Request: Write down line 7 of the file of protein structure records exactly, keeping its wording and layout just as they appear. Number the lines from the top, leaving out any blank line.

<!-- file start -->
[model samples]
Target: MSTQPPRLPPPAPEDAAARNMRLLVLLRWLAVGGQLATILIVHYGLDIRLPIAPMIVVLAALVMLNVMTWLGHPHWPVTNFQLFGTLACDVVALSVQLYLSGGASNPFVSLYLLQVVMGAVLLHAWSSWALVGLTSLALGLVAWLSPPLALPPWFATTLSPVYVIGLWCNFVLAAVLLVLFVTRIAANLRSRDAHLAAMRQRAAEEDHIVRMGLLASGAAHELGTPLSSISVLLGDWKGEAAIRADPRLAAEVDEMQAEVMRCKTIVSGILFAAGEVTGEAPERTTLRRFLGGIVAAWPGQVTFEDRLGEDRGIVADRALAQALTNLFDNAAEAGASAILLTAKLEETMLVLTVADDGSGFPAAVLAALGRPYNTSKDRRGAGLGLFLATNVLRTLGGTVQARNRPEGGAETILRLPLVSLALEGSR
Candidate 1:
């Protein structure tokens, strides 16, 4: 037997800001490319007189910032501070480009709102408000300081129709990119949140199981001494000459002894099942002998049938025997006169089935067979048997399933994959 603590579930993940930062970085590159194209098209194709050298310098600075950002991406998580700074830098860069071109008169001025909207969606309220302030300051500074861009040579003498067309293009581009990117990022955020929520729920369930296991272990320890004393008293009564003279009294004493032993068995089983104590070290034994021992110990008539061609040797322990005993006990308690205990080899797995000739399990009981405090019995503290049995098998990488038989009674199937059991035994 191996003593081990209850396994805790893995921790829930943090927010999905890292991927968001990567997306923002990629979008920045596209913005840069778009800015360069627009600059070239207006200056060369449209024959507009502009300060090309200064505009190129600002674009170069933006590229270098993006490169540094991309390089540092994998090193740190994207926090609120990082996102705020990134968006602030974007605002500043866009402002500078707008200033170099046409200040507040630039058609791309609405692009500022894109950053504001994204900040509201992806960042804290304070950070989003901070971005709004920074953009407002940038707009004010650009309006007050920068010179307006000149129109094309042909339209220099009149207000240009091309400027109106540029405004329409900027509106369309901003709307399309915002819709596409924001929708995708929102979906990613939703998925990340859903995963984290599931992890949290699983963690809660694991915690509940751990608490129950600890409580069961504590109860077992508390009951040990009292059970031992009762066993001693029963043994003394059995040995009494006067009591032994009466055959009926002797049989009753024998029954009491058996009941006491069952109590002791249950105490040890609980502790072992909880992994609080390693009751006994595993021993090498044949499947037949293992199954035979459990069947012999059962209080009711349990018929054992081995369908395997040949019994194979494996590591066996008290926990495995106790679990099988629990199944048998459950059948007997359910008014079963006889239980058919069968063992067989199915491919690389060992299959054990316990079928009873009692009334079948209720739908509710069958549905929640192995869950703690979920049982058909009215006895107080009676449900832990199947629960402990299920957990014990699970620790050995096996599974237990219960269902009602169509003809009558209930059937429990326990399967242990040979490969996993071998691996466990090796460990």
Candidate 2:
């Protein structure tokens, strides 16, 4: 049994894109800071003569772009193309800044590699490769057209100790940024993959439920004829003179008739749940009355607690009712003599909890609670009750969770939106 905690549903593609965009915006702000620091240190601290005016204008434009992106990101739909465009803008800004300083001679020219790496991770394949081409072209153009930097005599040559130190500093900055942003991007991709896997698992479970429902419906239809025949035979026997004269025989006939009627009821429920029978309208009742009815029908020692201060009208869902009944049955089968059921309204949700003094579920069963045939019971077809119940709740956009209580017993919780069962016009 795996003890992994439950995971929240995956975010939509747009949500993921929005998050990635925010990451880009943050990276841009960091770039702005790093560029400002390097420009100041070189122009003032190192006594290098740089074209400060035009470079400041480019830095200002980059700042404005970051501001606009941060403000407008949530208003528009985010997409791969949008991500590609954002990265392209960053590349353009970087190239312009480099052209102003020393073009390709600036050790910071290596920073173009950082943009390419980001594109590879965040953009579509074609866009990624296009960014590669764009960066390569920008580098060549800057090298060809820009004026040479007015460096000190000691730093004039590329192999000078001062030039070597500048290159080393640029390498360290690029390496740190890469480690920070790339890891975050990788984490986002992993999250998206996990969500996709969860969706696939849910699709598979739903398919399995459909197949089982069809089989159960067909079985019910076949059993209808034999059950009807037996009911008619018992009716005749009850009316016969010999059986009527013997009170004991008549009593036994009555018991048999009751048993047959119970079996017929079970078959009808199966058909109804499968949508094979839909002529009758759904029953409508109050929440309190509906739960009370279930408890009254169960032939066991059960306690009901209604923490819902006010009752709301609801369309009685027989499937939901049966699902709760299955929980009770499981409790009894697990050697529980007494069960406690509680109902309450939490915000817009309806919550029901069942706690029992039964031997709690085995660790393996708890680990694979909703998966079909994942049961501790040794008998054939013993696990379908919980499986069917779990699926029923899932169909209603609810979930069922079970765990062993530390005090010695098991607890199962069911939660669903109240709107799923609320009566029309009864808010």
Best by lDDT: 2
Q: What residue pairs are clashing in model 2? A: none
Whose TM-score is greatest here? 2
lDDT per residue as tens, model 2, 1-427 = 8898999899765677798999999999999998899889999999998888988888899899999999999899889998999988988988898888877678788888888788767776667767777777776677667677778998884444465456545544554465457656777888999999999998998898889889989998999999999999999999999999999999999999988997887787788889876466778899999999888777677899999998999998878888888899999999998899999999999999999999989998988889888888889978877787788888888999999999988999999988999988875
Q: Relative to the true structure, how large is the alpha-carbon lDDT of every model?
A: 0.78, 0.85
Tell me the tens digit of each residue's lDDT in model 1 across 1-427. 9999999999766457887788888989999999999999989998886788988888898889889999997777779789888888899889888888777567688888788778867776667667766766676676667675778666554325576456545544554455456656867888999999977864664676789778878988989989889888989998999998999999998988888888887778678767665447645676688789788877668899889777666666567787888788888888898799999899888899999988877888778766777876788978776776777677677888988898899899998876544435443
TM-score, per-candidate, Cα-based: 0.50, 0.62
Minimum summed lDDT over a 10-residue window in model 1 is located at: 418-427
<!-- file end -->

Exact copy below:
Best by lDDT: 2